It’s not hard to believe the announcement of this initiative stirred up quite the controversy last year when it was first made. After all, why would advertisers give Google the advantage of potentially using individual user information when they can only target people in groups? And more importantly, why are advertisers still using Google despite this policy when they aren’t willing to do the same with Apple? The answer is simple: Google’s privacy initiatives aren’t as stringent as Apple’s. Also, Apple’s changes are already in effect whereas Google’s policy to eliminate cookies won’t be implemented before 2023.

Even with the new policy in effect (does the acronym “FLoC” ring any bells?), advertisers would still have access to the kind of information that’s valuable to them and allows them to target audiences. The only catch here is that the information would be collected from groups rather than individuals, as I mentioned before. For instance, if you have been reading articles on trading and stocks for the past few days, you’d be included in a group of thousands of users reading the same kinds of articles online around the same time as you. The ads you then view would be the same ads they all view, based on your collective preference rather than individual preferences.

Sure, this isn’t as effective as using cookies to target individuals, but surely you can see why it’s effective enough bearing privacy concerns in mind. With all the hue and cry surrounding how user information is being accessed by companies online, this looks like a good alternative to third-party cookies, but is it? Considering that Google can still target users based on their activity on Google and YouTube, it’s obvious why kissing cookies goodbye won’t hurt its revenue and is unlikely to assuage privacy concerns completely in the long-run.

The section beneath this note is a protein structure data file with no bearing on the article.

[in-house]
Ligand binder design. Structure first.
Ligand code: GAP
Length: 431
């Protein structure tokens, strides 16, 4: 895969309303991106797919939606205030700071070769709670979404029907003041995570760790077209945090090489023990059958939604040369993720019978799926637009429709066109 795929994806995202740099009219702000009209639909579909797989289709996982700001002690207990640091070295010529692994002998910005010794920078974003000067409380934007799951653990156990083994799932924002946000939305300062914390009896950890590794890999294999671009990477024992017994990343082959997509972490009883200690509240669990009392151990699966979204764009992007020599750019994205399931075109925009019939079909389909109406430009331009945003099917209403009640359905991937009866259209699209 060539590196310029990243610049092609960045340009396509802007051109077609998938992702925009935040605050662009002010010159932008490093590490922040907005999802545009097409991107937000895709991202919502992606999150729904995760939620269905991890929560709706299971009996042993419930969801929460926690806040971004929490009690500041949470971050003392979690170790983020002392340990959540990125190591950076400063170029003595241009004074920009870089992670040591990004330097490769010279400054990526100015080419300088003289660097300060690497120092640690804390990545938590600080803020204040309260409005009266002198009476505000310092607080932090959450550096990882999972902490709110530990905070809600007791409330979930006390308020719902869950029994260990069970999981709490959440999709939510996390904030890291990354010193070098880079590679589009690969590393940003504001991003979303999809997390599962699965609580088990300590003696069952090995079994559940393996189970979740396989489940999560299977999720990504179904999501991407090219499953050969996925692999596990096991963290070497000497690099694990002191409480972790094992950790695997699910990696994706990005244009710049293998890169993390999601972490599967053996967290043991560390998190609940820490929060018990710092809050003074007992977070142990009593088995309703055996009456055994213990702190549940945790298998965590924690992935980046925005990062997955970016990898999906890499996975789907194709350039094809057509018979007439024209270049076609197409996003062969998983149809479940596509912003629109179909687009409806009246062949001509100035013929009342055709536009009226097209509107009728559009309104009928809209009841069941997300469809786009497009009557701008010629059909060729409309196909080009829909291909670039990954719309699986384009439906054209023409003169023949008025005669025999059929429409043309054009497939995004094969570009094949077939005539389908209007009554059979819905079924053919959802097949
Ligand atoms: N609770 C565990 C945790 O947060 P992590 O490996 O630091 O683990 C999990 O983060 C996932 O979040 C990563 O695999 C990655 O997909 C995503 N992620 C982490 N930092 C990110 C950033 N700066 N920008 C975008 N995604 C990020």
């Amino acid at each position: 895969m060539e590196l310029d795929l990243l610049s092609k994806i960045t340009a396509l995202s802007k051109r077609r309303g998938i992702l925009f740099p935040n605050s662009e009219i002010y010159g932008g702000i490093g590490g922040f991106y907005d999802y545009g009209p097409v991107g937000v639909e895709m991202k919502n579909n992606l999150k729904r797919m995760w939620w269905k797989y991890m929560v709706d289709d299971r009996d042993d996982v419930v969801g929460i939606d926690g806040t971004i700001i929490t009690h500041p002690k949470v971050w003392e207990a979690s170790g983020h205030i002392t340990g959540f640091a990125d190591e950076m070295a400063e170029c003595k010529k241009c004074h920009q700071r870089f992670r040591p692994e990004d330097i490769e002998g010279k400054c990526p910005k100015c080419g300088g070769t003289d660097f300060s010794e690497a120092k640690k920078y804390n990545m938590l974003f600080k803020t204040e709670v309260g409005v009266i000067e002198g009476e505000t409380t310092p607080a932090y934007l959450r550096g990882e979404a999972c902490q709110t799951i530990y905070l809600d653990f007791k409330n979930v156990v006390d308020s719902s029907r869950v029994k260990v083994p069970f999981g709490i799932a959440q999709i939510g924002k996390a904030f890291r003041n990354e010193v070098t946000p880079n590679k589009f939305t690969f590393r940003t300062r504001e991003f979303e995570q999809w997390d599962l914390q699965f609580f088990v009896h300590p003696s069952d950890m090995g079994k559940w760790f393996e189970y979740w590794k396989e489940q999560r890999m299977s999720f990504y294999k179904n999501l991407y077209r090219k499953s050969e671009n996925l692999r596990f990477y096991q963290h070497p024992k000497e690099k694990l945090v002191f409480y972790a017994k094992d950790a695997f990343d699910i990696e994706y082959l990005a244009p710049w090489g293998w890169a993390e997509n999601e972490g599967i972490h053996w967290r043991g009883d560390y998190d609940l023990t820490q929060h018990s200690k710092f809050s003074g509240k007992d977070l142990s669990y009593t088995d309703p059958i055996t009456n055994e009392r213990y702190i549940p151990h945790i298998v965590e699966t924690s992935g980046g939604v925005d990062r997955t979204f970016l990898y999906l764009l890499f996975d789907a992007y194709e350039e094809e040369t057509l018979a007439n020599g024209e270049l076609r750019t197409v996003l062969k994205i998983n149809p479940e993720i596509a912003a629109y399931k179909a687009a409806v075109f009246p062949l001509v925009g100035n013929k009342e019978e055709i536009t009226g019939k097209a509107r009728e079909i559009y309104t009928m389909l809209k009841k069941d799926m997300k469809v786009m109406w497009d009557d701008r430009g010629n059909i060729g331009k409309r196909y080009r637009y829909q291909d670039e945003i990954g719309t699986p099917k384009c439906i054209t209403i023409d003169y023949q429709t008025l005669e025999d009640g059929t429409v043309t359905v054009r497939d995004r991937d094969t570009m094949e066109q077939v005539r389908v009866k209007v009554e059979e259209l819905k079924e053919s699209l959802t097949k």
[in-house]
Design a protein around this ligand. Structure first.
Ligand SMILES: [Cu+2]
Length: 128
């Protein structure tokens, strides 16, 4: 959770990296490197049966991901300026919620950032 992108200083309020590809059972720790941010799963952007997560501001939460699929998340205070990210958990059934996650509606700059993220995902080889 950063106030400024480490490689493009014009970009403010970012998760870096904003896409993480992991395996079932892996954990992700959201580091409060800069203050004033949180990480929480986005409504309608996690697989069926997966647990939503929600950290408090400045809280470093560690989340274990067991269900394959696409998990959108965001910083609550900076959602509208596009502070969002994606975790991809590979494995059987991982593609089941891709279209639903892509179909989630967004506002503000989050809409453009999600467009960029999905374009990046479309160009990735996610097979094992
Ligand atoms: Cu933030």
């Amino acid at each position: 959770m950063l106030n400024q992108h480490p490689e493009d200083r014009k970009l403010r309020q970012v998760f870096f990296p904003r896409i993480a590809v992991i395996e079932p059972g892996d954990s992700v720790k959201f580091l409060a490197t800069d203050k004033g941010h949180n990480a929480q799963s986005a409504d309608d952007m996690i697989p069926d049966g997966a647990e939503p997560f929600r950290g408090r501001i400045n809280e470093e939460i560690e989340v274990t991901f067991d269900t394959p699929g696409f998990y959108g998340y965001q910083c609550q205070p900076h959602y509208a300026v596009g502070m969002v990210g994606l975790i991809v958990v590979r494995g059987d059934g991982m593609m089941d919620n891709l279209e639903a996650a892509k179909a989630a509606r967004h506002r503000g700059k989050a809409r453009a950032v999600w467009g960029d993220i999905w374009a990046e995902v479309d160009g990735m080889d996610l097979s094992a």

As for the question of why advertisers still opt for Google despite these impending changes, the answer is the same as above: Google can still target users based on their activity on Google and YouTube. Advertisers that no longer have access to cookies will inevitably turn to Google to target users. In other words, Google will have an ace in the hole while advertisers are left floundering to maintain the kind of conversion rates they enjoyed when cookies reigned supreme.

Besides, small companies that are just entering the market are likely to suffer from these policy changes. Older companies that have had access to user information such as their email addresses, phone numbers, and past web activity may hold an unfair advantage over newer companies that can only access the information that Google collects from users on its own sites. This is because third-party services would only be offering group targeting under the new system.

Guess who really comes out on top regardless of which way you spin this? Google, of course. While the stringent new reforms Apple has implemented recently have increased its standing in the eyes of its users, it hasn’t done its share of ad spending any favors. However, it’s worth mentioning here that Google is reliant on floating ads to make revenue and Apple isn’t. Therefore, it makes perfect sense that Google will always find avenues to keep advertisers satisfied in the long run.